In resurrecting the Intercept Modernisation Programme, the Government breaks a clear, basic and fundamental promise

Watching laptop More details are emerging on the astonishing news Dan covered earlier: the appalling "Intercept Modernisation Programme" is to continue despite the Conservative Party's recent pledge to reverse the rise of the surveillance state. Actually, do have a look at that last link. It's remarkable that they've left the paper on their website; perhaps the thinking is that everyone's so concerned with the spending review that nobody will notice the rank hypocrisy? Whatever the explanation, leaving it up breaks with the longstanding tradition of repainting the commandments on the side of the barn whenever Napoleon changes his mind.

And it can't be blamed on the formation of the Coalition, either. The Coalition Agreement promised to "end the storage of internet and email records without good reason".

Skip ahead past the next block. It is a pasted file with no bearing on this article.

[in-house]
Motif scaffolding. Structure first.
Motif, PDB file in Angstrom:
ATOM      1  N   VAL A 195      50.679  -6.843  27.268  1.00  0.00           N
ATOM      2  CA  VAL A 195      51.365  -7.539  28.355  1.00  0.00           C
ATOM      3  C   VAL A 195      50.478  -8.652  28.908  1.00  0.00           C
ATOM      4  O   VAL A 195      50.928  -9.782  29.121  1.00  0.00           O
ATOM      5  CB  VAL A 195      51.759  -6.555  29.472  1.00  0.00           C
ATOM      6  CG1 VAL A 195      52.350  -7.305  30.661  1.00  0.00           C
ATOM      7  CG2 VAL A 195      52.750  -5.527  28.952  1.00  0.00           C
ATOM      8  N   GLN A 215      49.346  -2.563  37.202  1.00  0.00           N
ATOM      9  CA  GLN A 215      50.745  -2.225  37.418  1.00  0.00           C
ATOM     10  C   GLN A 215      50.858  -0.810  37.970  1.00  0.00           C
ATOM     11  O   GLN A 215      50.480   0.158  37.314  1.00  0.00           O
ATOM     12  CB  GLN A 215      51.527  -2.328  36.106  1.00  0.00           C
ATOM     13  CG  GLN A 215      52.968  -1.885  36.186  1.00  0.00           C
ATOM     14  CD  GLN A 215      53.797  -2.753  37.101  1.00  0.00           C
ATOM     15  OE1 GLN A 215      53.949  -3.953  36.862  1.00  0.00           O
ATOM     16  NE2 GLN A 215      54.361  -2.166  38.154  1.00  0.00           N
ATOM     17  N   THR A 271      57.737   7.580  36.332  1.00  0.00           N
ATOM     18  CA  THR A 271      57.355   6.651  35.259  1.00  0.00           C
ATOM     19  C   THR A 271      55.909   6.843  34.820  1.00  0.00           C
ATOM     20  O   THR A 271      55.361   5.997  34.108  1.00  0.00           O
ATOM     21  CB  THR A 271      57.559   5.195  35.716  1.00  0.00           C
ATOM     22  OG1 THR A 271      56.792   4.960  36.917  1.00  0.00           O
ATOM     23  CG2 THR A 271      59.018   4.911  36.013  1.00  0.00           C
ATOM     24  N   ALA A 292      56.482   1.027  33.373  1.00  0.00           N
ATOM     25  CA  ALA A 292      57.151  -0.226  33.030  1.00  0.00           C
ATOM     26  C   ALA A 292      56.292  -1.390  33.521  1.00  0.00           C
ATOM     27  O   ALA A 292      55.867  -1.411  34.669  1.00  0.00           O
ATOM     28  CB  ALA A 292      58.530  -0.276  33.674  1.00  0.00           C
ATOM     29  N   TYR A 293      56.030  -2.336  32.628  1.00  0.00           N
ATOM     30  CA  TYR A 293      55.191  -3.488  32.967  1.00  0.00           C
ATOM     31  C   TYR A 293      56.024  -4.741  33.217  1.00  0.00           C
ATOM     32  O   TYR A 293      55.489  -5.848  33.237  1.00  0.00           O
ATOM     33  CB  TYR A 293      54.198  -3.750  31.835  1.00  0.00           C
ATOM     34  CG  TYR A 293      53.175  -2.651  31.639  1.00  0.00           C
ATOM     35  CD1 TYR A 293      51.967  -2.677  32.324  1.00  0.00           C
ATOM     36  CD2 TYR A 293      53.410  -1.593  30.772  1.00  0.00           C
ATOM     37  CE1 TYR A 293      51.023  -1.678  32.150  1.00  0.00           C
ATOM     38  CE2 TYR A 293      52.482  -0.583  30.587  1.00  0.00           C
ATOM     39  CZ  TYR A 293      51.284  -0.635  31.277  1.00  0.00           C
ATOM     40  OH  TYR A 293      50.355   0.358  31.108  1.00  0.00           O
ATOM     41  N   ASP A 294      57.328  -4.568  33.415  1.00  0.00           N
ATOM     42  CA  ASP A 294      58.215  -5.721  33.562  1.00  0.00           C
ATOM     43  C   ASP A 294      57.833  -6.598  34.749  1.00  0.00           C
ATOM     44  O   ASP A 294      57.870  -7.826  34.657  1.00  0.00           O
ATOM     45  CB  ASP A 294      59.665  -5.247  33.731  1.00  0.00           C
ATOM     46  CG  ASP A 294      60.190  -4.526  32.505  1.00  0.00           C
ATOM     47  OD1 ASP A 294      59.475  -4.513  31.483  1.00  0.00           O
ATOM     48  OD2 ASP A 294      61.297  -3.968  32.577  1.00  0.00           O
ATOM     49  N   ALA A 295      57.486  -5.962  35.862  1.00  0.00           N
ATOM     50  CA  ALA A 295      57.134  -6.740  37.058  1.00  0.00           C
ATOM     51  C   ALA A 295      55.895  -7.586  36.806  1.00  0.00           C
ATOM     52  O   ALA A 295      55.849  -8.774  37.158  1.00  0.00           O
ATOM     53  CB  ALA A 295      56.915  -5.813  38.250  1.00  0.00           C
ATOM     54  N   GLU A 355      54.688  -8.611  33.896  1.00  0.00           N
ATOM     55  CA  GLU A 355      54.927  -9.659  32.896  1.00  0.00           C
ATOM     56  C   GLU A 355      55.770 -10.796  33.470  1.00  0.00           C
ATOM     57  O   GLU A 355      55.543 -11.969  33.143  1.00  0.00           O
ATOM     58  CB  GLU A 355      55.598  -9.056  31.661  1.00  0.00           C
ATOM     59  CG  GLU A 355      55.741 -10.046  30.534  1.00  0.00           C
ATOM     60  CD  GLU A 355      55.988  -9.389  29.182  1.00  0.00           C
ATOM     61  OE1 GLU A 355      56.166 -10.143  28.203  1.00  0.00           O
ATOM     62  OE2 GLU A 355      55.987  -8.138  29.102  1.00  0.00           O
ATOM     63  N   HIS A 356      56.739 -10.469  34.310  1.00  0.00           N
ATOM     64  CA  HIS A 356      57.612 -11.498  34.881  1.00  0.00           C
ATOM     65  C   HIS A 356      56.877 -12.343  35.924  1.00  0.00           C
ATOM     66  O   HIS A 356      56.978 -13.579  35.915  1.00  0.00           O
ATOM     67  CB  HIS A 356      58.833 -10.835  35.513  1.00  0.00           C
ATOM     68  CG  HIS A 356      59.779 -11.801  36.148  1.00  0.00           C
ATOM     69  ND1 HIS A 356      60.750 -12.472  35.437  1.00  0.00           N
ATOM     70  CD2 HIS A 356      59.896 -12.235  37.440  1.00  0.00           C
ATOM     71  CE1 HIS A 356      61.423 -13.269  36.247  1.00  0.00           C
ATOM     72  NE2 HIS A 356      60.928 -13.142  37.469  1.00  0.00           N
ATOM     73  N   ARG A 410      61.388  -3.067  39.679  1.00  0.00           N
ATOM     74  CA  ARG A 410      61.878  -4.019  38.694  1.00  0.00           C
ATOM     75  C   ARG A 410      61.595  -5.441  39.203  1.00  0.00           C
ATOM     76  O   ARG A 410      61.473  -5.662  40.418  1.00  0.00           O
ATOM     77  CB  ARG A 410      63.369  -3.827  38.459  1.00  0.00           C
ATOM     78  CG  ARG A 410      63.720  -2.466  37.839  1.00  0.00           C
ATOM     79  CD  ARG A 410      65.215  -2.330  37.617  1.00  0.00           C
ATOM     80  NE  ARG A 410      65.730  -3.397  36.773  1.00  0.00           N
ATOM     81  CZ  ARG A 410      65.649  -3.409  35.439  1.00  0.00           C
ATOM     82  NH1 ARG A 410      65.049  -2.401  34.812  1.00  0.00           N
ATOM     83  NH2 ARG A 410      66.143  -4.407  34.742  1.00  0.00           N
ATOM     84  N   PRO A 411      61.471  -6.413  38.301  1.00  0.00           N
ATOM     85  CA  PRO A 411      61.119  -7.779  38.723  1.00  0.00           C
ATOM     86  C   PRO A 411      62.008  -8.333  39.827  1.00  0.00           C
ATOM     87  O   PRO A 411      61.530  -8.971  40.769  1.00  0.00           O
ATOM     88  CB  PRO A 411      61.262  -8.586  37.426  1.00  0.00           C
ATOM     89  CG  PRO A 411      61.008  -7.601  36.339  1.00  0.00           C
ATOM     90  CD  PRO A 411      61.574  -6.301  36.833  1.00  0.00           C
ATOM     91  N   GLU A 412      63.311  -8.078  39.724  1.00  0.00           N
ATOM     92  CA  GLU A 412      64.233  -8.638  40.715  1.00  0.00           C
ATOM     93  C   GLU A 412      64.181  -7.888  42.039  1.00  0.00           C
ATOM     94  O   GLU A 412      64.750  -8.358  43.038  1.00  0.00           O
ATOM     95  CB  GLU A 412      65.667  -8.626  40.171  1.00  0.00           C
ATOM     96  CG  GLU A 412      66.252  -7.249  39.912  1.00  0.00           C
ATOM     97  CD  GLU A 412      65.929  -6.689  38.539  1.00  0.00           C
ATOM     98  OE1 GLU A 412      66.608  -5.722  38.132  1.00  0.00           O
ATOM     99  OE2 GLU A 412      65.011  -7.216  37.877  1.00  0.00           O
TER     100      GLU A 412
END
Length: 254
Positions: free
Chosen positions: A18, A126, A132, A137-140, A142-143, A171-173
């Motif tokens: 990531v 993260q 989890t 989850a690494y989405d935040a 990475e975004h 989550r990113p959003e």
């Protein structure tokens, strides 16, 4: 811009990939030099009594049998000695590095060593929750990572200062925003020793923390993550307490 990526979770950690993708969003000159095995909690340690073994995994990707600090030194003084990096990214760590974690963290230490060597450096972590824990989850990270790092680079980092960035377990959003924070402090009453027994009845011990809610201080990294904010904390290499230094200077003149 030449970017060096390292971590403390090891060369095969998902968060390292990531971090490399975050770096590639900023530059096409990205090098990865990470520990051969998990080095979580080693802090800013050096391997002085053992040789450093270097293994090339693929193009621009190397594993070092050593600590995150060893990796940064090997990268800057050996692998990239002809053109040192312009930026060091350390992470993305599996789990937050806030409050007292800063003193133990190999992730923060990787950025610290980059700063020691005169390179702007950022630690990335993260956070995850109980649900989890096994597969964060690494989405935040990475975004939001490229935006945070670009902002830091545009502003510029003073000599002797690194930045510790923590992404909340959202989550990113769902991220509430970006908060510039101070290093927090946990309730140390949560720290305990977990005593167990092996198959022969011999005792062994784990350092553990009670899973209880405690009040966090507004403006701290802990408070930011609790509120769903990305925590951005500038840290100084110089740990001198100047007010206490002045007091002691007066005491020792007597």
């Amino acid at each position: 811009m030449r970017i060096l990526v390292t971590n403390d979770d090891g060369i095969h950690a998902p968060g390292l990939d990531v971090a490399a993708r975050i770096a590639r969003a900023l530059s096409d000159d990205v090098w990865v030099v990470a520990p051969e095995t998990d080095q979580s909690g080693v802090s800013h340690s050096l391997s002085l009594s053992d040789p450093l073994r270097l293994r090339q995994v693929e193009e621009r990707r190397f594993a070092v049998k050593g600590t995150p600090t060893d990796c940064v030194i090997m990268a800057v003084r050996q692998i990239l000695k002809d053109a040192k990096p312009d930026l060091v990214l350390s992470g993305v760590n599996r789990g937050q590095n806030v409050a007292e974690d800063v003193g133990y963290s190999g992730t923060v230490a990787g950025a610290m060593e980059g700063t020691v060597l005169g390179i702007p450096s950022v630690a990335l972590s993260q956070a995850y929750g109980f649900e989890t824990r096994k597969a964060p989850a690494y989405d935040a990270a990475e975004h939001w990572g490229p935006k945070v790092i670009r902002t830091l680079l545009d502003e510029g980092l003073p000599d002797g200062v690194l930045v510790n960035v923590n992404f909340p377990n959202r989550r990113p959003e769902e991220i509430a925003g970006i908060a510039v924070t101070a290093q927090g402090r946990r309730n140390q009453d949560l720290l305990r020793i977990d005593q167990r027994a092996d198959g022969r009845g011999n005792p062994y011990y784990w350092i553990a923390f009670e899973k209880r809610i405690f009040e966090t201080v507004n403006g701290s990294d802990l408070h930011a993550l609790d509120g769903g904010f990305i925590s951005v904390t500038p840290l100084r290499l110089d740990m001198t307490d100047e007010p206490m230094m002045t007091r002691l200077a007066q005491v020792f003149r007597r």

Buried in the Strategic Defence and Security Review, the Government plans to introduce

a programme to preserve the ability of the security, intelligence and law enforcement agencies to obtain communication data and to intercept communications

Couple this with the disgusting u-turn on the Summary Care Record, despite similarly clear and concrete promises, and a troubling picture emerges; it is fascinating and dreadful to see the speed of bureaucratic capture, the reversion to bureaucratic authoritarianism on show – intrusions are piling up so fast that my extended essay published last week is already out of date.

The IMP will allow the security services and the police to spy on the activities of everyone using a phone or the internet. Every communications provider will be obliged to store details of your communications for at least a year and obliged in due course to surrender them up to the authorities. The authorities will be able to track every phone call, email, text message and website visit made by the public on the absurd pretext that it will help to tackle crime or terrorism.

Just see how the surveillance state is being reversed, eh!?

By Alex Deane

Posted by on Oct 20, 2010 in Online privacy | 8 Comments